Surprisingly, Centuries are the first headliner to take the stage, but I suppose that Hexis is a proper choice for a closer since they’re on familiar ground tonight, quite possibly gathering a larger crowd. The first thing I notice is how thick the bass is and how awesome a drive the band possesses – an excellent kickstarter that ensures to keep the crowd interested. However, the next thing I notice is how the crowd has decreased from 40-something people to less than 30 and how only a few really seem to display any energy – definitely a case of the Sundays. Centuries, however, are great at moving back and forth, vocalist constantly hunching forward to reach the microphone while playing, creating an aggressive tension to the fierce drive. Their sludgy hardcore fills the room nicely, and therefore it’s a shame that the vocals often tend to disappear in the loud mix. Several times during the set the band thanks us for coming and is generally really good at establishing a feeling of appreciation. To my surprise, the show is over way too early as it only lasts for 19 minutes (shorter than any other set tonight), and I can’t help but be a little disappointed; I’d hoped for at least half an hour, and it’s hard to reach beyond just a great concert with such short time.



Hexis’ frontman Filip Andersen’s dedication to the music scene is quite impressive. Not only has he, before most of the band’s previous lineup disbanded, toured almost non-stop, but he’s also constantly put on shows and booked bands for several venues while also managing to handle the Bloated Veins label and distro – plus probably a few things I don’t know about. Bottom line is: This guy is dedicated to the music industry. And once you see him on-stage, you can tell that every fiber of his being wants to be there. The same goes for tonight.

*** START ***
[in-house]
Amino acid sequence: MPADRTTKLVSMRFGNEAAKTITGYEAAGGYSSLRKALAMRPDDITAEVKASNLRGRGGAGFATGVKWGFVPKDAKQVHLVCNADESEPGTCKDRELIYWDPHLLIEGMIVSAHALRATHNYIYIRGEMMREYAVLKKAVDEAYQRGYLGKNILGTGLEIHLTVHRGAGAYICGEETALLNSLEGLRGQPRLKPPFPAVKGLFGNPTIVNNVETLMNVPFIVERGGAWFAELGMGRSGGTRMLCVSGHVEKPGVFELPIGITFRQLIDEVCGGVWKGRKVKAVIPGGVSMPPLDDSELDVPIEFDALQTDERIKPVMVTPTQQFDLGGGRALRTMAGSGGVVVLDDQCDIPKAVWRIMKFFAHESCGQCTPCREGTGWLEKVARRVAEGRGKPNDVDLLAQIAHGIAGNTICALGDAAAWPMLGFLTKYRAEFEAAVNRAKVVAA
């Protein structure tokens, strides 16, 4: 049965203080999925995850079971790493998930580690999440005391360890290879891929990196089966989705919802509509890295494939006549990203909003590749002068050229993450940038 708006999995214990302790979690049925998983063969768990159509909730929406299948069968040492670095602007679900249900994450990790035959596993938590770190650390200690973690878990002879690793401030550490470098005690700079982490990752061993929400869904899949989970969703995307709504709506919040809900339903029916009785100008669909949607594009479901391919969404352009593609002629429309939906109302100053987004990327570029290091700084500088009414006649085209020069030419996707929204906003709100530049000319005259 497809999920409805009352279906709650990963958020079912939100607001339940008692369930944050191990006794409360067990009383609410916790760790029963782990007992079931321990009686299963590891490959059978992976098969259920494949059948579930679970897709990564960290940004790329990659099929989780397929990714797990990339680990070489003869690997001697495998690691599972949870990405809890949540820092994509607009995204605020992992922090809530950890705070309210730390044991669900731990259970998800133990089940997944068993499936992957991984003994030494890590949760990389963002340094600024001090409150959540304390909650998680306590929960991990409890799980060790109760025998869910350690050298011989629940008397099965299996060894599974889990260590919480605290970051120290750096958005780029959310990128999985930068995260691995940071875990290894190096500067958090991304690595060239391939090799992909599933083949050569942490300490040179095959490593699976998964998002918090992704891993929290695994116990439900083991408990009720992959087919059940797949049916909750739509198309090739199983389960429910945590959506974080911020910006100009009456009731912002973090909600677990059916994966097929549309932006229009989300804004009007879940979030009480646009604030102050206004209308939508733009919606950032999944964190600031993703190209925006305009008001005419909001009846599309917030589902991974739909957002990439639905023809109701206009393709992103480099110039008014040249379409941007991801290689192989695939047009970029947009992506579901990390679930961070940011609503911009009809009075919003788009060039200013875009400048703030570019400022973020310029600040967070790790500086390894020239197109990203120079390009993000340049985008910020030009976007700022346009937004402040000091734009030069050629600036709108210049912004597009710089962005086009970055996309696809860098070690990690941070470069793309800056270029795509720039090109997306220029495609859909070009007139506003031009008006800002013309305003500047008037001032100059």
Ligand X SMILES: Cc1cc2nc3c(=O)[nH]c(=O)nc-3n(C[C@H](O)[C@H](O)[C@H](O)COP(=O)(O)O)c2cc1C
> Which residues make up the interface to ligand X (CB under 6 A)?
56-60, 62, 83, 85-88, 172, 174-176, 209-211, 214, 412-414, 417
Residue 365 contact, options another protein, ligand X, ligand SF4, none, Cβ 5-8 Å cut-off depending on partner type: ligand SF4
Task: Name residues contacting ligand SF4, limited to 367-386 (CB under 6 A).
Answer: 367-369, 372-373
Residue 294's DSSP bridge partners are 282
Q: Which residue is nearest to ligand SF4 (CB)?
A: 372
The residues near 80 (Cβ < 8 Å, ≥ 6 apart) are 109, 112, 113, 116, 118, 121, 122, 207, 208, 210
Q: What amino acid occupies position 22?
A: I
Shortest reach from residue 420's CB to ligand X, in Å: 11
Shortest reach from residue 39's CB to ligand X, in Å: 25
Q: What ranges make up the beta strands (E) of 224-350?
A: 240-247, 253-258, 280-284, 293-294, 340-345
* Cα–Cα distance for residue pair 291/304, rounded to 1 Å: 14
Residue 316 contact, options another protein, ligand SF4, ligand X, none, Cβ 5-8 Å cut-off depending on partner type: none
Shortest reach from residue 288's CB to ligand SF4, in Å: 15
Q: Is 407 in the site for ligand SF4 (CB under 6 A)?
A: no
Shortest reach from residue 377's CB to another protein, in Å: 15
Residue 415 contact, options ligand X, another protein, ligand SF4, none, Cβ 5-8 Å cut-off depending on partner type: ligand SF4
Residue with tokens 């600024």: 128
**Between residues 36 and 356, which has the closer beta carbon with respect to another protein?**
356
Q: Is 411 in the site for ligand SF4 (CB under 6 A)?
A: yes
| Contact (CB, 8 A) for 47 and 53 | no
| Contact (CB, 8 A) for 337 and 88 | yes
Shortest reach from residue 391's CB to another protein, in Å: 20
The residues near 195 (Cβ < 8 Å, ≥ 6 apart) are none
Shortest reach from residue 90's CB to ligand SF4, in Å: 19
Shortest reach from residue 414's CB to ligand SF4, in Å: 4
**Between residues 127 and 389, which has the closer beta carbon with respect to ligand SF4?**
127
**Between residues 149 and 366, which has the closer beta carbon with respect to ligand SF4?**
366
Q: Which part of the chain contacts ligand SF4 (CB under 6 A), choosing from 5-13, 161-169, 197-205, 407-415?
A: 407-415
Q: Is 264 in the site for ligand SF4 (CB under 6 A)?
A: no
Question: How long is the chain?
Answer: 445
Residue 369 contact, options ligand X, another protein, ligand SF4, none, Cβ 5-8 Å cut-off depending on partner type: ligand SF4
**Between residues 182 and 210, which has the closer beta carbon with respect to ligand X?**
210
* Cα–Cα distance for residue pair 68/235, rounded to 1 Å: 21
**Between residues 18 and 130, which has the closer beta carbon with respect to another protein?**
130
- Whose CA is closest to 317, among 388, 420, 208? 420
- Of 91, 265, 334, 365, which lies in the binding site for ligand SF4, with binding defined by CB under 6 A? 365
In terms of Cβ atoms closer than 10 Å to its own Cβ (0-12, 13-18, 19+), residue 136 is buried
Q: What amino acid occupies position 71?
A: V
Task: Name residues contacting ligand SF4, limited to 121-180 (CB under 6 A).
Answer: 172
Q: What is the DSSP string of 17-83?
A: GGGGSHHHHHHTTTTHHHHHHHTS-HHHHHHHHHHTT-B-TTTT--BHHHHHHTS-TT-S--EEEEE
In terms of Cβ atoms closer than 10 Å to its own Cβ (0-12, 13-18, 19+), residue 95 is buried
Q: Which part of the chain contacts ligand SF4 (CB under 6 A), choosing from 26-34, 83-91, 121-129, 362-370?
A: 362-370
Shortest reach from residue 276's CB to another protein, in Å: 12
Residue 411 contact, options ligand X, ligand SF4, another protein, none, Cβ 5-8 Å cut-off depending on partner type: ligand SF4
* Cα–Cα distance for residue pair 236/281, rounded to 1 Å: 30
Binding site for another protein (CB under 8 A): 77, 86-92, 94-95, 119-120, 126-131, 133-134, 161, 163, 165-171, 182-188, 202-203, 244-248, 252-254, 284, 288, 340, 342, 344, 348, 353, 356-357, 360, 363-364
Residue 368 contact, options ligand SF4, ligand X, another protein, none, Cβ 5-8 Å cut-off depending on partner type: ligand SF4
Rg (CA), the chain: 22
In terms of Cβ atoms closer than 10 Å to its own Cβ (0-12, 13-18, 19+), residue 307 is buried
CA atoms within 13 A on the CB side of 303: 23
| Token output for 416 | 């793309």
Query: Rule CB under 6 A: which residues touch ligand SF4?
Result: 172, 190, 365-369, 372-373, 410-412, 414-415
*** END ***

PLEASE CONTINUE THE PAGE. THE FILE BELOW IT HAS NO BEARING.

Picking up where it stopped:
Despite a relatively small crowd where most in attendance seemed to contain nothing more than the energy of a hard hangover, Filip manages to constantly claw himself to the speakers, throw around his microphone, toy with the pedals or force himself into the unaware flock who can do nothing but accept and catch the guy, surrendering to his crowd-surfing. The room is completely bathed in darkness when the epileptic strobe-lights aren’t blaring. If someone opens one of the venue’s doors and lets in a little light, Filip’s quick enough to jump over there and close it without interfering with the show’s intimacy and ferocity. Behind him, the band, too, is doing a stellar job. Constantly, they let Filip take the front while they stand in the back, appearing as unknown, dark creatures performing the darkest, most sinister and chaotic music imaginable; a maelstrom of darkness that takes no prisoners. The guitars are aggressive pieces of dissonant noise that flow seamlessly through the room, the bass pummels heavily through the fog along with the brilliant drumming that shakes the basement. And again, on top of it all, Filip screams and shouts and shrieks until 25 minutes have gone by like nothing. The only few moments we get to catch our breath is between songs when the ambient noises take over before another whiplash kicks the band back into gear. It’s no joke when I say that Hexis is one of the best Danish live bands out there, and thankfully the new members of the band are worthy additions. Although the show never reaches the uncontrolled crowd-interaction witnessed at Loppen last year, one can’t blame the band when the crowd’s so small and inanimate. However, I would’ve liked the show to be just 10 or 15 minutes longer since the band did headline. But you can’t always get what you want.